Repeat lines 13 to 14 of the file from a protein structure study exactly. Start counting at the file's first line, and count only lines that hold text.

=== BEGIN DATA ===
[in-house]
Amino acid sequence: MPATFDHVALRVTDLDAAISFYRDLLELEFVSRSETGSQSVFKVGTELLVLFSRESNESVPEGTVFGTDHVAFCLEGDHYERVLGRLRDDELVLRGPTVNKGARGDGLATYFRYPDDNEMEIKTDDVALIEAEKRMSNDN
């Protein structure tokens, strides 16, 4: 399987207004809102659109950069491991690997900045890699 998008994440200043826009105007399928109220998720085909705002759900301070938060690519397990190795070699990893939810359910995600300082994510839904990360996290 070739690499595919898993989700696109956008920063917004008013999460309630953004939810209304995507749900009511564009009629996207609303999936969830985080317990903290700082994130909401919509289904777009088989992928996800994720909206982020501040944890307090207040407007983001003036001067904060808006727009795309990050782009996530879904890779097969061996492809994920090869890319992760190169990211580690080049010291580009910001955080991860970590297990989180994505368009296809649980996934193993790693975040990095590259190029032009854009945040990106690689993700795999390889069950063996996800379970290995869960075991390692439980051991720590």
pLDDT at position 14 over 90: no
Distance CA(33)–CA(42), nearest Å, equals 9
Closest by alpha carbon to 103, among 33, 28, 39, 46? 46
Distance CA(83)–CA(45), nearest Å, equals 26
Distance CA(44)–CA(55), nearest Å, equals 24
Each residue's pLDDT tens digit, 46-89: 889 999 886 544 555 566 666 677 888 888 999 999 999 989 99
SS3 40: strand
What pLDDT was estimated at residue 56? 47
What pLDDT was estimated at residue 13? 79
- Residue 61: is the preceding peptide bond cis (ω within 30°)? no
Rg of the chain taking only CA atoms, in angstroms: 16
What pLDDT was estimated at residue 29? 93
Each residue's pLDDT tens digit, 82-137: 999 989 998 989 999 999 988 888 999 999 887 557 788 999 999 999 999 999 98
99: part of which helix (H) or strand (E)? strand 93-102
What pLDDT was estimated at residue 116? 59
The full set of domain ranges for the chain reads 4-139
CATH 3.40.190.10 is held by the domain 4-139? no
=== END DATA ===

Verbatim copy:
- Residue 61: is the preceding peptide bond cis (ω within 30°)? no
Rg of the chain taking only CA atoms, in angstroms: 16